- Vitamin D analogues. Synthetic forms of vitamin D that slow skin cell growth. Calcipotriene (Dovonex) is a prescription topical cream or solution containing a vitamin D analogue that treats mild-to-moderate psoriasis in conjunction with other treatments.
- Anthralin. Helps slow skin cell growth. Anthralin (Dritho-Scalp) can likewise be used to remove scales from the skin and smooth the skin, but it can irritate the skin and stain anything it comes in contact with. It’s best for short-term use.
- Topical retinoids. Vitamin A derivatives that can decrease inflammation. The most common side effect is skin irritation and hypersensitivity of the skin to sunlight. As such, patients must generously apply sunscreen before going outdoors.
- Salicylic acid. Available both in over-the-counter forms and by prescription. Salicylic acid promotes the sloughing of dead skin cells and reduces the appearance of scaling. It may be combined with other medications to increase its effectiveness.
- Coal tar. Coal tar (derived from coal) reduces inflammation, scaling, and itching. It is available by non-prescription as well as a prescription. However, coal may irritate the skin, it can easily stain absorbent surfaces, and it has a strong odor.
- Moisturizers. Moisturizers can reduce itching, scaling, and dryness, but they won’t heal psoriasis alone. When used in an ointment base, moisturizers are typically more effective than lighter creams and lotions. Apply after a bath or shower, while the skin is still wet, in order to effectively lock-in moisture to the skin.
Light Therapy (Phototherapy)
Some forms of psoriasis can be successfully treated by using controlled skin exposure to ultraviolet (UV) light. Light therapy, also called phototherapy, uses natural or artificial light. The simplest forms of phototherapy involve exposing the skin to controlled amounts of natural sunlight, while other forms of light therapy use artificial UVA or UVB lights, either alone or in conjunction with prescribed and over-the-counter medications.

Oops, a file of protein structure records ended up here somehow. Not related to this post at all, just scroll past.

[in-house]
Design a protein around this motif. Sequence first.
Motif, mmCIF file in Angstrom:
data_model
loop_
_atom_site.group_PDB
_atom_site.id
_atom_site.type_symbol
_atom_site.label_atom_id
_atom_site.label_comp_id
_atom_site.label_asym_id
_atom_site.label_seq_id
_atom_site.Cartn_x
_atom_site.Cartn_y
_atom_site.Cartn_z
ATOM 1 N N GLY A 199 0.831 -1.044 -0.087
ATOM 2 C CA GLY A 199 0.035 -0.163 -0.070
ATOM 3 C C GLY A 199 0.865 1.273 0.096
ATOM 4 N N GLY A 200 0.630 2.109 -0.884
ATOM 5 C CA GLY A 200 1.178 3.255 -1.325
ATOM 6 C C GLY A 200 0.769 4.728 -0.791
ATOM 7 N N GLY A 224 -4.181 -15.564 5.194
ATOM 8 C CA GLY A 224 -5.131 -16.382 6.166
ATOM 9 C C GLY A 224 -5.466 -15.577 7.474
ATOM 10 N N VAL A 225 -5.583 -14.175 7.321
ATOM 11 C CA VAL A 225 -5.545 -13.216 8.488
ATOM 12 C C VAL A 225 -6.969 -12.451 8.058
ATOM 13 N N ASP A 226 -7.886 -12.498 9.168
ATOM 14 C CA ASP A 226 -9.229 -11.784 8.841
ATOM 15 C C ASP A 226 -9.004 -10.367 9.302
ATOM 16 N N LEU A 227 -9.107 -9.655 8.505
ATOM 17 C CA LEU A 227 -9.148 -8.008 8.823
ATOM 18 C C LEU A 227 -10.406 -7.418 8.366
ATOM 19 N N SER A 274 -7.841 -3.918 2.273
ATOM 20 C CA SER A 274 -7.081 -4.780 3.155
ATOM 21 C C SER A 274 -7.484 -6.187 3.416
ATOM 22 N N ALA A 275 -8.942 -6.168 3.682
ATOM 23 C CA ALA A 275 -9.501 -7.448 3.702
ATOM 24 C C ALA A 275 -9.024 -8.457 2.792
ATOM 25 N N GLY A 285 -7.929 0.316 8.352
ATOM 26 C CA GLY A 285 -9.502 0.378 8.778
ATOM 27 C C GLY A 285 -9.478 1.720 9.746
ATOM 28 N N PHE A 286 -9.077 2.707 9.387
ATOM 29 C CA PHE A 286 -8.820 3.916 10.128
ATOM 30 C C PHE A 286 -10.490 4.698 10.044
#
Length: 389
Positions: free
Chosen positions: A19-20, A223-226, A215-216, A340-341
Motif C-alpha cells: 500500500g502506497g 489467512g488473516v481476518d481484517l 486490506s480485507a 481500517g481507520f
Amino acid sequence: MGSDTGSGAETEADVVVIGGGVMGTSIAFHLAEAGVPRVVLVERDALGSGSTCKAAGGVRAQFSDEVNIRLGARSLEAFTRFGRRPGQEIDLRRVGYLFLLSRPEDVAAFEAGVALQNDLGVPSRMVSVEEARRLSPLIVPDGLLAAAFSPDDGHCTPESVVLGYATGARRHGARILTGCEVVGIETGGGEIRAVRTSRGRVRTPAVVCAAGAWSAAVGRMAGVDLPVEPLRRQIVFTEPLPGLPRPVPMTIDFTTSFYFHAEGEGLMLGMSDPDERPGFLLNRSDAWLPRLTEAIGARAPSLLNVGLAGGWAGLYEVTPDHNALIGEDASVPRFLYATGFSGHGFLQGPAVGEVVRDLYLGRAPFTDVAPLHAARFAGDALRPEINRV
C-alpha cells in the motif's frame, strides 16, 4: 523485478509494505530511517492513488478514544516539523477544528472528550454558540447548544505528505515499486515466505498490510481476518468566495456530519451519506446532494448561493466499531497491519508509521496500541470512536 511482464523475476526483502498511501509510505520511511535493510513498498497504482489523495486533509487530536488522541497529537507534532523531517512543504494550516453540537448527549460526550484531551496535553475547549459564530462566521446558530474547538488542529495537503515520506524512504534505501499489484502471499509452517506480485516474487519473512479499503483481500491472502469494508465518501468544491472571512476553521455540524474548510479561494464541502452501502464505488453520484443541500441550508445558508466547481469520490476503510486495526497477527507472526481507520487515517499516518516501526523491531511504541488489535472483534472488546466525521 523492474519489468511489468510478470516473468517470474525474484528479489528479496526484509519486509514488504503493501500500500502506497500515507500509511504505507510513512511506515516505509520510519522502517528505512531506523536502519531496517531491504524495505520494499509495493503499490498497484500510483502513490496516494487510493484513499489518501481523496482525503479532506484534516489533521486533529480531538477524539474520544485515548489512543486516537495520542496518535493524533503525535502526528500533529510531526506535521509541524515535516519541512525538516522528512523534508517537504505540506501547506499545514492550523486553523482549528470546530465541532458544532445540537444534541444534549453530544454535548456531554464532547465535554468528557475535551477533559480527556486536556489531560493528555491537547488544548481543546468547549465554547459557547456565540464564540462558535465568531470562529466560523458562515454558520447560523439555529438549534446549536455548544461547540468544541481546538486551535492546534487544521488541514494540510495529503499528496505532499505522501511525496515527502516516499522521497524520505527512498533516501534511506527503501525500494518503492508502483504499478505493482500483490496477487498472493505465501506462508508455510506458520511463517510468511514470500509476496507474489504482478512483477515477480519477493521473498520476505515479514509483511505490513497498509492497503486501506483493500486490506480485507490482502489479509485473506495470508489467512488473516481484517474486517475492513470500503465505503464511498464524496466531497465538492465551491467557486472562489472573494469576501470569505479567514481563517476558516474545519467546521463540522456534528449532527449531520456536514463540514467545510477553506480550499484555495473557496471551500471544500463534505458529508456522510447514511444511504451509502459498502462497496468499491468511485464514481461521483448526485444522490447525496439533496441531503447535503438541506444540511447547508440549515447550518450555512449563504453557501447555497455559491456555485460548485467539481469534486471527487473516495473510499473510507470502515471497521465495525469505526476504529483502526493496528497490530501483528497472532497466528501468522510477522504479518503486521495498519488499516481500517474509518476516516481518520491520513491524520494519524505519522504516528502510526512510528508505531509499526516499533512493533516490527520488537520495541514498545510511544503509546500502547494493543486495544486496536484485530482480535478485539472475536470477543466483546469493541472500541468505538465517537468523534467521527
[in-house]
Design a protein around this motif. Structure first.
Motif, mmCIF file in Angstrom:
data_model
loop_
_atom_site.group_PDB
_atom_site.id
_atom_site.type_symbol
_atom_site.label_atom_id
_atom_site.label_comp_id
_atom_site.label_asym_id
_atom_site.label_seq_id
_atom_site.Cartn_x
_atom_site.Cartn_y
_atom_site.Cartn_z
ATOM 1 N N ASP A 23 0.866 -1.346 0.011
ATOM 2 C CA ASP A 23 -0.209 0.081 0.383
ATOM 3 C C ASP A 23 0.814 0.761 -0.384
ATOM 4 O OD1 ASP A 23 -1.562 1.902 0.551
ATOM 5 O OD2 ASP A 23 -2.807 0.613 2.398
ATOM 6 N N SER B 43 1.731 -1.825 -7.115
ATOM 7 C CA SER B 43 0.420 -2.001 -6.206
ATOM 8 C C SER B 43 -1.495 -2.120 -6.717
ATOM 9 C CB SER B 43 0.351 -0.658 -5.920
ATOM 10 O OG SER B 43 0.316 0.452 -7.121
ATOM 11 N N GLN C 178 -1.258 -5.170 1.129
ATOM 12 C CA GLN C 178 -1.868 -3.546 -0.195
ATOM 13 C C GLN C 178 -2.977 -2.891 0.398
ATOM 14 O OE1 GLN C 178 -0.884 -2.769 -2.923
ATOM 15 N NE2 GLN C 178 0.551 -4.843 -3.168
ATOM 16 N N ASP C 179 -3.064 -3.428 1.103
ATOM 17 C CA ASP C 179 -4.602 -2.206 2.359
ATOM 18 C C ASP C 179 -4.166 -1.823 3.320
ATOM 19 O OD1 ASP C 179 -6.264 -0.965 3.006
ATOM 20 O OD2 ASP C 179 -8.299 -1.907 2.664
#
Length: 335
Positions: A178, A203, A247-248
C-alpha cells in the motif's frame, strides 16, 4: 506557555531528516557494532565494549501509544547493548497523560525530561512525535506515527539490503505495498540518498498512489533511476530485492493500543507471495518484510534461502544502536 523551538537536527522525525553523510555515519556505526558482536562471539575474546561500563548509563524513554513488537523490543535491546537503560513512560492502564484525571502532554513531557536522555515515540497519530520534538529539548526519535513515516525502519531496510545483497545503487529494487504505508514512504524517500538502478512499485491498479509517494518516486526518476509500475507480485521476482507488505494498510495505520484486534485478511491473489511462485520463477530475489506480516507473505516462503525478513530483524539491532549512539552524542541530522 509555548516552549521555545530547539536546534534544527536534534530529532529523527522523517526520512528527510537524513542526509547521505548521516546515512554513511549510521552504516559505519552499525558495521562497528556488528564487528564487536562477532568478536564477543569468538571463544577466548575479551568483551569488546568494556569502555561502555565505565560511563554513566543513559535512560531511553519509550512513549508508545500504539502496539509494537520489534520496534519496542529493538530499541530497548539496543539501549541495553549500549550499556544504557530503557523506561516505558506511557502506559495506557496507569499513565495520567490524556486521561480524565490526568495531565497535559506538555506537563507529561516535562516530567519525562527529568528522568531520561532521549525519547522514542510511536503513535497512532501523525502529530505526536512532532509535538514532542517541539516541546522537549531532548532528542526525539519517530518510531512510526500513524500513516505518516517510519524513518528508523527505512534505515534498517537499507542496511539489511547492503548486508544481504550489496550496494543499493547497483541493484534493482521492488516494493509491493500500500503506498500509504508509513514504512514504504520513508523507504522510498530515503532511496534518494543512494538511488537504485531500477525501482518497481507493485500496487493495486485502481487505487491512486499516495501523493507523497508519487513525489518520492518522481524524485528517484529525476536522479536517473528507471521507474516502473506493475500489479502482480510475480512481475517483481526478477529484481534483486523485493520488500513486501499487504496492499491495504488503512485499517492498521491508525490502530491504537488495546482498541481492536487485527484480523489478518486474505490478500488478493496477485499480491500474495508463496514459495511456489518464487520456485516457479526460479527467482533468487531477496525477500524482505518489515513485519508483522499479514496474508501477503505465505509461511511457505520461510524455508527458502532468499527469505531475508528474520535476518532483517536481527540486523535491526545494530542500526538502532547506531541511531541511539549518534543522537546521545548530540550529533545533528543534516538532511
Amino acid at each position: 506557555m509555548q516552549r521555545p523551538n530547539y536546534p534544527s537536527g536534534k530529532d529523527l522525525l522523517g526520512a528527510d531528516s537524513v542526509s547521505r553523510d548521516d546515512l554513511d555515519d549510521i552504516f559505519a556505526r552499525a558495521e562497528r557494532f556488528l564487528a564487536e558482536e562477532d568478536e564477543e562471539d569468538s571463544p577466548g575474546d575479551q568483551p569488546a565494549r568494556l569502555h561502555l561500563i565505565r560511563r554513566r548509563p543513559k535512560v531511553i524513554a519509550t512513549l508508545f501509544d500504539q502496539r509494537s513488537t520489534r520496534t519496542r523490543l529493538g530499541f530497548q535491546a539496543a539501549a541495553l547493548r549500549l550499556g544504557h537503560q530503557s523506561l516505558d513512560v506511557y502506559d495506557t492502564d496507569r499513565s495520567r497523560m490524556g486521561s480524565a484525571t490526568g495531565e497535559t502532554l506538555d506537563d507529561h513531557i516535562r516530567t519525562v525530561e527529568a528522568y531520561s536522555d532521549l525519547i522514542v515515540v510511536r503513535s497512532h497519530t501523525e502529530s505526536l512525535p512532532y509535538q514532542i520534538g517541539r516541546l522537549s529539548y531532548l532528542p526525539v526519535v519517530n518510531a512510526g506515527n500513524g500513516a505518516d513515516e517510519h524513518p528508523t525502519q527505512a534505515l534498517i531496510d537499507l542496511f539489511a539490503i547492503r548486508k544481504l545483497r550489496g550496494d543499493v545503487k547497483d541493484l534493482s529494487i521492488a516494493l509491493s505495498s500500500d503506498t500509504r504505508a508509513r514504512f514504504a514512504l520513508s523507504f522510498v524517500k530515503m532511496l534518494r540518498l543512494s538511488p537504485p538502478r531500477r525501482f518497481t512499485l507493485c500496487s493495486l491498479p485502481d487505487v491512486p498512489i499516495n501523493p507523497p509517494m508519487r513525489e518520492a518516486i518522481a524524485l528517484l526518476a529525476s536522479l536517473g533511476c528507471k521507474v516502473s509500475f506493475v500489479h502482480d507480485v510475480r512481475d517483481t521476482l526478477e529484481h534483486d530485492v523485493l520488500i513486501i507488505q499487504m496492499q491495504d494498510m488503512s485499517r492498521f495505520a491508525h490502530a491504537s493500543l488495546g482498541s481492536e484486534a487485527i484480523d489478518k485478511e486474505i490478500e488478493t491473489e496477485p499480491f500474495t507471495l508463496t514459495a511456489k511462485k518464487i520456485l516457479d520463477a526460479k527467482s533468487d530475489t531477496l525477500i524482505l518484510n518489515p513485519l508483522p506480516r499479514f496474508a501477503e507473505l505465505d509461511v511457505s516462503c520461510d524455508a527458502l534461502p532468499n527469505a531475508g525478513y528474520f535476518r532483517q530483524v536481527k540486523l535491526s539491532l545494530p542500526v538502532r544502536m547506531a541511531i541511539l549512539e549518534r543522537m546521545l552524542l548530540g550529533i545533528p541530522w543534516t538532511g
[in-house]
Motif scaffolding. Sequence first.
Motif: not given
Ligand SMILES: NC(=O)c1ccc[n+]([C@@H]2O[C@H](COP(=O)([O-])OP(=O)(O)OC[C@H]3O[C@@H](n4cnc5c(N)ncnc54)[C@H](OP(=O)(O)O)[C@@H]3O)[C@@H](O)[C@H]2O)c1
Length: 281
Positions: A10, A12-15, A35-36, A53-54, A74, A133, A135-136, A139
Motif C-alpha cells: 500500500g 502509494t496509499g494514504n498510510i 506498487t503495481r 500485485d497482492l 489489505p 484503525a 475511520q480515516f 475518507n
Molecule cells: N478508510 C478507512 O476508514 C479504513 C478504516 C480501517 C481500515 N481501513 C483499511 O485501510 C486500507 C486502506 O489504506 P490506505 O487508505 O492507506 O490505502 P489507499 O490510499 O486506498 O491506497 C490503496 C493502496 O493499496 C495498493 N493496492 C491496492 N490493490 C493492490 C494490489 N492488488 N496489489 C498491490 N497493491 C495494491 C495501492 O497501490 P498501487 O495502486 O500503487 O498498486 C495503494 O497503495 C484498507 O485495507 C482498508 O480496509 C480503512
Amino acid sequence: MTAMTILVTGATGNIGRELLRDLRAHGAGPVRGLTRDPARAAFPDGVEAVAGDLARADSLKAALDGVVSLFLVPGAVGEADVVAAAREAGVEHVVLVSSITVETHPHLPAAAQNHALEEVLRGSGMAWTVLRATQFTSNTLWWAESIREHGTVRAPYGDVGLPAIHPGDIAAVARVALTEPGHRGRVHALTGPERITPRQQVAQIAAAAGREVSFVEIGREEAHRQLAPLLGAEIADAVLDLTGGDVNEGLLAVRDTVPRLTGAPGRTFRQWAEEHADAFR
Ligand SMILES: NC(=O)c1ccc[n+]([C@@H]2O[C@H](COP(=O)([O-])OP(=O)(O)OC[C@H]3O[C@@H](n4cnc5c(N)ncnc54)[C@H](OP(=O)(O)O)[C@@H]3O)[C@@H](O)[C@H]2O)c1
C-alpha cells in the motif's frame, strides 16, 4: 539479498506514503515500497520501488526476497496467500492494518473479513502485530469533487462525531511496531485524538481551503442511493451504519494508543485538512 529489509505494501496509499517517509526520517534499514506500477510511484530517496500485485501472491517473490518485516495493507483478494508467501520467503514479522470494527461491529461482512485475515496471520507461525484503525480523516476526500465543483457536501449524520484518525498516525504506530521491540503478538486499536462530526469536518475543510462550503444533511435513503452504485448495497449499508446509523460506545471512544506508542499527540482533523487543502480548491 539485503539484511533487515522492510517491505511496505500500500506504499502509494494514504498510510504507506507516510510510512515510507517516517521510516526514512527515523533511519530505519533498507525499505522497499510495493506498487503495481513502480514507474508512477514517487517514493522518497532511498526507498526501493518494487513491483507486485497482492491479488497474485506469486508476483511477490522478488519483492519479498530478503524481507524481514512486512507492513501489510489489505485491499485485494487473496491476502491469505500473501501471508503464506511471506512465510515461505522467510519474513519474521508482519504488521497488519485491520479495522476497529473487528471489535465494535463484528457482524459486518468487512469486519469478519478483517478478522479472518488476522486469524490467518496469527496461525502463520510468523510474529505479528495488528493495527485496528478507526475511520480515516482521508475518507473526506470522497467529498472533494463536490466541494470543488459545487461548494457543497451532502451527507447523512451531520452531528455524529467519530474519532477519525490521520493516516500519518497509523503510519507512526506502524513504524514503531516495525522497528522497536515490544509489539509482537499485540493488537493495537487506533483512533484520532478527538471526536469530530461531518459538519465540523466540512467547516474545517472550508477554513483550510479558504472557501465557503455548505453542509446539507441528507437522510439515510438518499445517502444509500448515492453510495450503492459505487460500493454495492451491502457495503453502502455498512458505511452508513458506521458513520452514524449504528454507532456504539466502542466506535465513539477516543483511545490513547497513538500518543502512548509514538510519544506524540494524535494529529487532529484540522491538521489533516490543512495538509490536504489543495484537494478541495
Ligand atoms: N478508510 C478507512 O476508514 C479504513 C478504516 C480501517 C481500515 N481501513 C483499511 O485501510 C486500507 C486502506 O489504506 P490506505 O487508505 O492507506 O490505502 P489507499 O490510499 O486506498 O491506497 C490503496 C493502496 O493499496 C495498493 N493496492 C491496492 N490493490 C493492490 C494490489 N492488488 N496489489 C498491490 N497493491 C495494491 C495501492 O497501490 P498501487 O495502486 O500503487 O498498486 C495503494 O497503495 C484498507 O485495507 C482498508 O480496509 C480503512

- Sunshine (UVA and UVB). Sunshine can help ease the symptoms of psoriasis. But, sunlight exposure requires careful monitoring to make sure no other skin damage occurs. It's recommended sunshine be used in controlled, short bursts.
- Excimer lasers. These devices target specific areas of psoriasis. The laser emits a high-intensity beam of UVB directly onto the psoriasis plaque. Between four treatments and 10 treatments are needed to see an improvement.
- Pulse dye lasers. This treatment uses a wavelength of UVB light to treat smaller areas of psoriasis. Pulse dye lasers destroy the blood vessels that contribute to lesion formation. Generally, four sessions to six sessions are necessary to clear up a small area.
Oral Or Injected Medications
Oral or injected medications — commonly referred to as systemic treatment — may be prescribed to patients with severe psoriasis or psoriasis resistant to other types of treatment. Due to severe side effects, these medications are used for only brief periods and may be alternated with other types of treatments. Certain medications, such as thioguanine and hydroxyurea, may be used when other drugs cannot be given.
- Retinoids. Closely related to vitamin A, this group of drugs may prove effective in patients with severe psoriasis that does not respond to other medications. Side effects, however, may include lip inflammation and hair loss.
- Methotrexate. When taken orally, methotrexate helps heal psoriasis by reducing skin inflammation and decreasing the production of skin cells. It is generally well-tolerated in low doses but may cause an upset stomach, appetite loss, and fatigue. Methotrexate should not be used for long periods of time due to the risk of severe side effects.
- Cyclosporine. It suppresses the immune system, but can only be taken for a short period. As with other immunosuppressive medications, cyclosporine increases the risk of infection and may lead to other health problems, such as cancer, high blood pressure, and kidney problems. The risk also increases with higher dosages and long-term use.